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NKorea reported ready to halt WMD tests
Russia says North Korea ready to impose moratorium on mass-destruction weapons tests
By The Associated Press

MOSCOW (AP) ' A spokeswoman for Russia's president says North Korea is ready to impose a moratorium on tests of weapons of mass destruction.

The ITAR-Tass news agency quotes Natalya Timakova as making the statement after talks Wednesday between North Korean leader Kim Jong Il and Russian President Dmitry Medvedev.

Timakova said North Korea is ready to resume international talks on its nuclear program without preconditions and "in the course of the talks North Korea will be ready to resolve the question of imposing a moratorium on tests and production of nuclear missile weapons."



THIS IS A BREAKING NEWS UPDATE. Check back soon for further information. AP's earlier story is below.

MOSCOW (AP) ' After a "fun trip" across Siberia on his armored train, North Korea's autocratic leader Kim Jong Il met with Russian President Dmitry Medvedev Wednesday for talks expected to focus on nuclear disarmament and economic aid. The two also struck a deal on the transit of Russian natural gas to South Korea.

The summit takes place at a military garrison outside Ulan-Ude, the capital of Buryatia, some 5,300 kilometers (3,300 miles) east of Moscow.

Kim arrived at the base in an armored Mercedes limousine and wore his trademark khaki leisure suit. He thanked Medvedev for flying from the Black Sea port of Sochi to meet him.

"When it comes to meetings with our partners, neighbors, it's not that far," Medvedev said.

"Thanks to your special attention and care, Mr. President, we're having a fun trip," Kim replied through a translator. He looked frail as he limped to a chair in a meeting hall. Kim reportedly suffered a stroke in 2008.

Kim's custom-built train has rolled across sections of eastern Russia in a trip that began Saturday. He is expected to start his return trip home "immediately" after the talks, the Itar-Tass news agency said.

It is Kim's first visit to Russia since 2002.

The Kremlin said the leaders will discuss how to quickly resume long-stalled six-nation talks aimed at ending the North's nuclear weapons program in return for aid. After the talks ended, Medvedev said that Kim agreed to "work out" a project to build a natural gas pipeline to South Korea, RIA Novosti news agency reported.

North Korea, long reluctant, has recently shown interest in the project, South Korea officials said. Seoul has expressed hope that negotiations on the project will make progress.

"One of the pressing themes on the agenda will be prospects for launching tripartite economic projects with the participation of Russia, South Korea and North Korea," the Kremlin statement said.

Also under discussion is an energy project that would involve the extension of power lines to make it possible for Russia to sell electricity from plants like the Bureya hydroelectric plant that Kim visited at the start of his trip.

Russia's Deputy Finance Minister Sergei Storchak told reporters that Russia and North Korea may also discuss the regulation of Pyongyang's $11 billion Soviet-era debt to Moscow.

Kim's Russian trip comes as his country pushes to restart the aid-for-disarmament talks. Seoul and Washington have demanded that the North first show its sincerity on fulfilling past nuclear commitments.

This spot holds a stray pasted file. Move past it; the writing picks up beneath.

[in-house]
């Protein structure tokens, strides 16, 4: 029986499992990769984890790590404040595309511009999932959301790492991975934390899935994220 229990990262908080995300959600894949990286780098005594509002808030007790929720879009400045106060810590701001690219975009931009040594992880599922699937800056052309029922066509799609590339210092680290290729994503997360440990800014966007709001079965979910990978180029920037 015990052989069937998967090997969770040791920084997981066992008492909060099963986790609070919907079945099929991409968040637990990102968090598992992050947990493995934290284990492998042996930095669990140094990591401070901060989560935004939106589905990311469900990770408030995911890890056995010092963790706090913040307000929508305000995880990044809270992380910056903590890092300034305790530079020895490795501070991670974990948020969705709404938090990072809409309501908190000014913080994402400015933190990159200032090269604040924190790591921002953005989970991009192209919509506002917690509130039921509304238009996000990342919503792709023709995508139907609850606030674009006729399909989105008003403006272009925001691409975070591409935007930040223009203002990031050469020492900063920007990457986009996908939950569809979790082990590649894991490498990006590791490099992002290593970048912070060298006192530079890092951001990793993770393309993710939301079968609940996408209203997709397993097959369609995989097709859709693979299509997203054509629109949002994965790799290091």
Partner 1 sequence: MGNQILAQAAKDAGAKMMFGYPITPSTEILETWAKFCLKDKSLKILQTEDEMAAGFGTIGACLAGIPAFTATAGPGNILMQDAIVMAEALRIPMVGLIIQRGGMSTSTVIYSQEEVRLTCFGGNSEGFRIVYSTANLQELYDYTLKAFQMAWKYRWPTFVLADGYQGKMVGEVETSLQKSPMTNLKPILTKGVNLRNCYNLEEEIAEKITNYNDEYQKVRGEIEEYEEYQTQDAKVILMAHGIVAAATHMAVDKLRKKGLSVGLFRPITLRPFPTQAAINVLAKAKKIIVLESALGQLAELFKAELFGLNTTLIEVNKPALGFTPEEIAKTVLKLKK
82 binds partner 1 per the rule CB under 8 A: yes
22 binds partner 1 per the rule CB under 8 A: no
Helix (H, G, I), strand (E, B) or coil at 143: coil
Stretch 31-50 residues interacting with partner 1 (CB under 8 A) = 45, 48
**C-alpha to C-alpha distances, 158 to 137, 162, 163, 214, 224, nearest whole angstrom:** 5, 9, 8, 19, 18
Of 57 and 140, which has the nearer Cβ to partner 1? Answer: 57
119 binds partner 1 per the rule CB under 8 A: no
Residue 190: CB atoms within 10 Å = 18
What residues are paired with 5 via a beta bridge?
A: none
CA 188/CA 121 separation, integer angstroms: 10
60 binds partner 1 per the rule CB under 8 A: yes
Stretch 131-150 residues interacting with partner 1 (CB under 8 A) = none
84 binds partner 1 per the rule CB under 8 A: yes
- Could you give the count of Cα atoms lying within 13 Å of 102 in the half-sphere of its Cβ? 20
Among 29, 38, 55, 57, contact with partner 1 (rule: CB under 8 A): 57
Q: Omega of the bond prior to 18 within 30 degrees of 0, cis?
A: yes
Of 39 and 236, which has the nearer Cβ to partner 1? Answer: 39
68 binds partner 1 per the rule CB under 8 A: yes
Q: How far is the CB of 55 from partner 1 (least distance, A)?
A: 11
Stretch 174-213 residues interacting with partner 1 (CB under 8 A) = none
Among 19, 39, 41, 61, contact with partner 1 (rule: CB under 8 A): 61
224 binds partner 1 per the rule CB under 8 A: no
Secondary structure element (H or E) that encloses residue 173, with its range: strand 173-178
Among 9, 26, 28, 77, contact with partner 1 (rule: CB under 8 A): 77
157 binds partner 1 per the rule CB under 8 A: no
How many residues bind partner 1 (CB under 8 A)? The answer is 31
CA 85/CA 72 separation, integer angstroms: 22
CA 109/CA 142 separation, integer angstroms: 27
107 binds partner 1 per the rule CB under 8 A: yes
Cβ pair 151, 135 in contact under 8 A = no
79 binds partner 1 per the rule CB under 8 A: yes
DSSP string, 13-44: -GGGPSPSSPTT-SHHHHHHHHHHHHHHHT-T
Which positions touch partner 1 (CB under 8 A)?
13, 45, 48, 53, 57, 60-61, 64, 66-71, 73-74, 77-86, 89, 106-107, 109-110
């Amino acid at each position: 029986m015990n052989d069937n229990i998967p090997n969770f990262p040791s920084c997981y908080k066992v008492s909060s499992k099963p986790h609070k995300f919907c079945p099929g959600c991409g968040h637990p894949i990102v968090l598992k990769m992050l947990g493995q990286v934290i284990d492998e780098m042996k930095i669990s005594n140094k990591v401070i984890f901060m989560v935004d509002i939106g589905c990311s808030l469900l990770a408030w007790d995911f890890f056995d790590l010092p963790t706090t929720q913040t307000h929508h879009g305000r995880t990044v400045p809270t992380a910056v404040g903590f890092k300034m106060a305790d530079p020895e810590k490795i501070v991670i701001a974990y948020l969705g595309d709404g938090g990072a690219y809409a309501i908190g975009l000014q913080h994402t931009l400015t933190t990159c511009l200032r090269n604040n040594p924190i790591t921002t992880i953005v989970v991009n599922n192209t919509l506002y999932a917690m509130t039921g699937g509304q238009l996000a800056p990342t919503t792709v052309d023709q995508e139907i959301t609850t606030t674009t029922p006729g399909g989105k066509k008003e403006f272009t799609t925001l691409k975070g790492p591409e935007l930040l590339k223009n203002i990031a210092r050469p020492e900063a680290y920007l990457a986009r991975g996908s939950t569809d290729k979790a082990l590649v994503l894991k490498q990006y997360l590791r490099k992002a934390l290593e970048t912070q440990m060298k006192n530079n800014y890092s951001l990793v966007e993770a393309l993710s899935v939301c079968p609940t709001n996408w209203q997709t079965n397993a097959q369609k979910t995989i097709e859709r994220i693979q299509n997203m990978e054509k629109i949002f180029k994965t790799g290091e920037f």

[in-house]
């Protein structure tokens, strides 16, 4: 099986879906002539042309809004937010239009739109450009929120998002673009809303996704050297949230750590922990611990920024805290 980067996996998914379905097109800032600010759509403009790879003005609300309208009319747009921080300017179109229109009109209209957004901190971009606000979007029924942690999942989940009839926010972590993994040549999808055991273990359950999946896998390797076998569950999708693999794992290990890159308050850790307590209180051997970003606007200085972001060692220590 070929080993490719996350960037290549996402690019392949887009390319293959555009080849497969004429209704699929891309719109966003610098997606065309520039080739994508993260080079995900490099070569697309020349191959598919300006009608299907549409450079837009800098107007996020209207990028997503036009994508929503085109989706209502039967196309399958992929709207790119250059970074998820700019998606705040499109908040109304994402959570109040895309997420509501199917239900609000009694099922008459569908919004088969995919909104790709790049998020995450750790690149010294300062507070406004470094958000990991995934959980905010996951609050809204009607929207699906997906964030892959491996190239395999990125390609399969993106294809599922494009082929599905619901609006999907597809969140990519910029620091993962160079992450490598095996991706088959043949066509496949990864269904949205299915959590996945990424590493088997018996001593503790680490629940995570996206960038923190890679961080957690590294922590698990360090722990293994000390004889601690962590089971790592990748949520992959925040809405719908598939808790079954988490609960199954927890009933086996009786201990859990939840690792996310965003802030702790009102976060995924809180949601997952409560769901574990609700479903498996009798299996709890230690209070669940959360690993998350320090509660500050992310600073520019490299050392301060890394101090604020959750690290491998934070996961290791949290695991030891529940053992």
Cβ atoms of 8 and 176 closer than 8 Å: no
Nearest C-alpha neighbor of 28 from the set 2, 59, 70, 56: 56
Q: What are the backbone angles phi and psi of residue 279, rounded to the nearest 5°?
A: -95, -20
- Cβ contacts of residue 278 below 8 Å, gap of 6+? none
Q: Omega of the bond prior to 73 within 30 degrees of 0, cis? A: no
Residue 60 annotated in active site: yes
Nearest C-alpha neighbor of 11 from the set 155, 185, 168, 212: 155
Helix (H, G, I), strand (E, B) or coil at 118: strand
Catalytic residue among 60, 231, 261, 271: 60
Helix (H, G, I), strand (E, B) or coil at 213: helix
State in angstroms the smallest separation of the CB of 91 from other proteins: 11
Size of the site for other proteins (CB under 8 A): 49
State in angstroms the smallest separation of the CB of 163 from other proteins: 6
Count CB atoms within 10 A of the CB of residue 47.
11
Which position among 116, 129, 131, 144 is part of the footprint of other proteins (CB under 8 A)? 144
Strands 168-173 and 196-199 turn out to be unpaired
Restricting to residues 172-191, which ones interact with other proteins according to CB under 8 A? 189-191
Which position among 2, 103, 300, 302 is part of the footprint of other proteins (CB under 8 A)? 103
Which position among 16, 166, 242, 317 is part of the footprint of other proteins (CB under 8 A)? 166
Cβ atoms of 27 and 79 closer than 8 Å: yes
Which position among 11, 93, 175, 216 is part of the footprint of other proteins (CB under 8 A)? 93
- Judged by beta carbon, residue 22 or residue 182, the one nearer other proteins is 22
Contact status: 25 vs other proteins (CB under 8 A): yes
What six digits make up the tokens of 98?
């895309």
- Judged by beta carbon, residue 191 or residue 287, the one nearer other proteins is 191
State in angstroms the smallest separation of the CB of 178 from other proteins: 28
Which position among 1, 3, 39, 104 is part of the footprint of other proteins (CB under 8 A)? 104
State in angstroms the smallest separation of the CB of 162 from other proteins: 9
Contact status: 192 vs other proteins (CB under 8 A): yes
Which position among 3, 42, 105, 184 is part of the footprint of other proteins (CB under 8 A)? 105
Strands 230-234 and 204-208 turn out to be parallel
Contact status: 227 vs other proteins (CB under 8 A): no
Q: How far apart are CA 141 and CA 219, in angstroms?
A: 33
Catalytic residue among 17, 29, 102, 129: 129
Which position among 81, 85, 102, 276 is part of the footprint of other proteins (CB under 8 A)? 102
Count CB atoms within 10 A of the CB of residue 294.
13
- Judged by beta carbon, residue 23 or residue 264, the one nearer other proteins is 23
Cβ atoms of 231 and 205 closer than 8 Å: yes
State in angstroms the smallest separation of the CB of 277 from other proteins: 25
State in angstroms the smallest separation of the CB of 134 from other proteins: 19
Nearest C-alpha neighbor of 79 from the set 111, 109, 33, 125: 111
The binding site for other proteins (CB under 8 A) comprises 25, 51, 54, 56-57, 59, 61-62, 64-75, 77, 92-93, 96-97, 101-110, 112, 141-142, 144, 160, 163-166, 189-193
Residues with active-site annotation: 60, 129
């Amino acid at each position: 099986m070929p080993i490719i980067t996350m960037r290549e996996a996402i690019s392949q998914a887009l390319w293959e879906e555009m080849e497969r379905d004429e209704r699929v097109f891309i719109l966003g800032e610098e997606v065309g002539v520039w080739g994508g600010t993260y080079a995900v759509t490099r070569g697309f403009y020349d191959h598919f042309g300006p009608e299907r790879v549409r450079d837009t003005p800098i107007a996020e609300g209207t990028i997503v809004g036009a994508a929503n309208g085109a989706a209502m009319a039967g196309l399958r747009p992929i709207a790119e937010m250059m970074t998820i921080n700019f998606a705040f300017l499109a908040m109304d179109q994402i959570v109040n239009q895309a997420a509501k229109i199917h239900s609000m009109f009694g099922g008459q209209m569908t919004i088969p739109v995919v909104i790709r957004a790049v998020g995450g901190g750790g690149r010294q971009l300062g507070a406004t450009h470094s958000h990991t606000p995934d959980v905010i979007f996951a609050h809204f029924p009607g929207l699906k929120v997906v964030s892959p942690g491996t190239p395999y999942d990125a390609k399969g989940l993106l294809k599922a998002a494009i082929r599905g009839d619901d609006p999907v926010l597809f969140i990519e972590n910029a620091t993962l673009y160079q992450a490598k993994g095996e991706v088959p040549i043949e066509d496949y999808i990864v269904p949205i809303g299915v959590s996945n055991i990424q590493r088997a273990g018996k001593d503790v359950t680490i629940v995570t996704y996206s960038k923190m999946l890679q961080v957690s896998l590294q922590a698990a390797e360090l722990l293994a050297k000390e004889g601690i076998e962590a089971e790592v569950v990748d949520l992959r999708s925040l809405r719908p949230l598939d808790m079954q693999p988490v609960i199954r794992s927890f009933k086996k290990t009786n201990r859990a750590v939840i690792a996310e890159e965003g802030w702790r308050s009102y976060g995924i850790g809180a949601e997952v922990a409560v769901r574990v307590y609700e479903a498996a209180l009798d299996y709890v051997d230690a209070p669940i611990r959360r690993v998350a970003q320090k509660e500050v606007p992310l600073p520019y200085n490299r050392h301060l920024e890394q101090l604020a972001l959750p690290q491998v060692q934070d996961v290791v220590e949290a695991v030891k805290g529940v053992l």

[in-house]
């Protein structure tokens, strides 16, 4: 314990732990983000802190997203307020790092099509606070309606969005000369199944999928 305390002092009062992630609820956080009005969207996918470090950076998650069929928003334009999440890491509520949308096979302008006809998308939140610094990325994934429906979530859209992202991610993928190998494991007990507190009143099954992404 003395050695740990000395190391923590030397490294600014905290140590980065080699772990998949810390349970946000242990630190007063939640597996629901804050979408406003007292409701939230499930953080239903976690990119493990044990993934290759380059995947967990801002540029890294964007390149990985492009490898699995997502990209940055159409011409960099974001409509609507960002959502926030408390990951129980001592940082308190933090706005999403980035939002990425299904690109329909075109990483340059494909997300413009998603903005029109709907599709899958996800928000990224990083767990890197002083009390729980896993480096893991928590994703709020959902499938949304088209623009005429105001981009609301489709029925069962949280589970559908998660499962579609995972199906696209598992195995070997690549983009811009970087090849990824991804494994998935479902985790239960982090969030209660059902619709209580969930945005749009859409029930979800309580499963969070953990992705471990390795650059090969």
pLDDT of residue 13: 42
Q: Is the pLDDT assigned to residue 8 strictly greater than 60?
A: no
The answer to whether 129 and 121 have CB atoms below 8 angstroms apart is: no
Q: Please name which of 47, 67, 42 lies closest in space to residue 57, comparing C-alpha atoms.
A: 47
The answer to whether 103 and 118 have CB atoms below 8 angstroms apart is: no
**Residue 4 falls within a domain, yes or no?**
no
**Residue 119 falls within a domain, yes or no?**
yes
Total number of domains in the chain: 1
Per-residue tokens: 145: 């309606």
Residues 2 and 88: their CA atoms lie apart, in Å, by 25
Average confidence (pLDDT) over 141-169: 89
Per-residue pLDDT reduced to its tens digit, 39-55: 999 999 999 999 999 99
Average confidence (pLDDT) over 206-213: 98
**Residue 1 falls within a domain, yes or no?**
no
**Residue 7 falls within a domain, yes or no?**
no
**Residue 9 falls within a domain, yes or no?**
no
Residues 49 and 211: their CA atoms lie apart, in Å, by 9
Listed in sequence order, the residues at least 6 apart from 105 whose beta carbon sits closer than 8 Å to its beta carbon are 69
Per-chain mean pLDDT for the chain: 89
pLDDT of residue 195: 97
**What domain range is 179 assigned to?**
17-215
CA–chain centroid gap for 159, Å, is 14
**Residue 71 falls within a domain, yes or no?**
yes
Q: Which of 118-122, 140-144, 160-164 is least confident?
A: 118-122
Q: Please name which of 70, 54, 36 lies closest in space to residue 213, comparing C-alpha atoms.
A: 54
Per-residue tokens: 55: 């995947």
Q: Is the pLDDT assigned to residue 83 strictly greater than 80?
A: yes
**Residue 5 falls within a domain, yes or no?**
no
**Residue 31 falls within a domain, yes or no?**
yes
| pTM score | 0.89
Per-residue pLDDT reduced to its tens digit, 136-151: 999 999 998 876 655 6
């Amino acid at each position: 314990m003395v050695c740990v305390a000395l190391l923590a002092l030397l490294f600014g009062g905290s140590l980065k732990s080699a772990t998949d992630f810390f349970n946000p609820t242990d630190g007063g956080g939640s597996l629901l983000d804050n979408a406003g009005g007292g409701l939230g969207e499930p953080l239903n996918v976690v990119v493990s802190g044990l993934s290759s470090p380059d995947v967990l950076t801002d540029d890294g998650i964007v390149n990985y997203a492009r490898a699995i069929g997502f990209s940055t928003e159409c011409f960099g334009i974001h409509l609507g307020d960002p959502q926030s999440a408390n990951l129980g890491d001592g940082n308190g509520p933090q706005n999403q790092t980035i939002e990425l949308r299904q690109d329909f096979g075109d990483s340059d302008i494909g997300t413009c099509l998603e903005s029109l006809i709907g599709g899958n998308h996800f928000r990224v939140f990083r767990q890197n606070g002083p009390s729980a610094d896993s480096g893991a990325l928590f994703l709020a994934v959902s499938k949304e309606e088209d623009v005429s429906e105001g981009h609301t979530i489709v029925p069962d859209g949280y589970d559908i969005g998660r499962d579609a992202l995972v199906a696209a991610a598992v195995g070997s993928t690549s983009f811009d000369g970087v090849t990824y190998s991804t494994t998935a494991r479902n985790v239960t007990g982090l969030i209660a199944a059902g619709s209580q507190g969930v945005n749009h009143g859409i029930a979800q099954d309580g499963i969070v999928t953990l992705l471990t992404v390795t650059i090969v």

The Korean peninsula has seen more than a year of tension during which the North shelled a South Korean island and allegedly torpedoed a South Korean warship.

North Korea is pushing for outside aid ahead of an important national anniversary next year. Kim has promised his 24 million people that he will build a "powerful, prosperous" nation to coincide with the 100th anniversary of the birth of his father and North Korea's founder Kim Il Sung.

Last month, North Korean diplomats separately met U.S. and South Korean officials to discuss the resumption of the talks, which have been stalled for more than two years. The negotiations involve the two Koreas, the United States, China, Russia and Japan.

The itinerary for Kim's visit, expected to last about a week, has been largely kept secret because of worries about security from North Korea. A few people managed to take photos of Kim during his visit to the hydroelectric plant on Sunday, but heavy police cordons kept the media and onlookers in Ulan-Ude away from the train station and the adjacent square.

On Tuesday, Kim's motorcade headed for a picturesque village on the shores of Baikal, a huge freshwater lake.

Kim took a two-hour Baikal tour on a yacht guarded by two North Korean boats, the Inform Polis Online website reported, quoting eyewitness accounts. Cruising the waters, Kim recollected that his father visited the lake in July 1961, the North's official Korean Central News Agency reported from Pyongyang.

The water in Baikal is ice-cold even in summertime, so Kim decided to take a swim onshore, in a pool filled with Baikal water. The speaker of Buryatia's legislature joined Kim in the swim, the Inform Polis Online website reported.

Kim said the lake is "the pride of the Russian people and underscored the need to preserve it and surrounding natural environment well," according to KCNA.

On shore, the North Korean leader was treated to traditional Buryat food, including meat dumplings and Baikal fish prepared over an open fire.

Later Tuesday, Kim went back to Ulan-Ude to visit a major aircraft factory, which among other things produces Sukhoi attack planes, the ITAR-Tass news agency reported from the plant.


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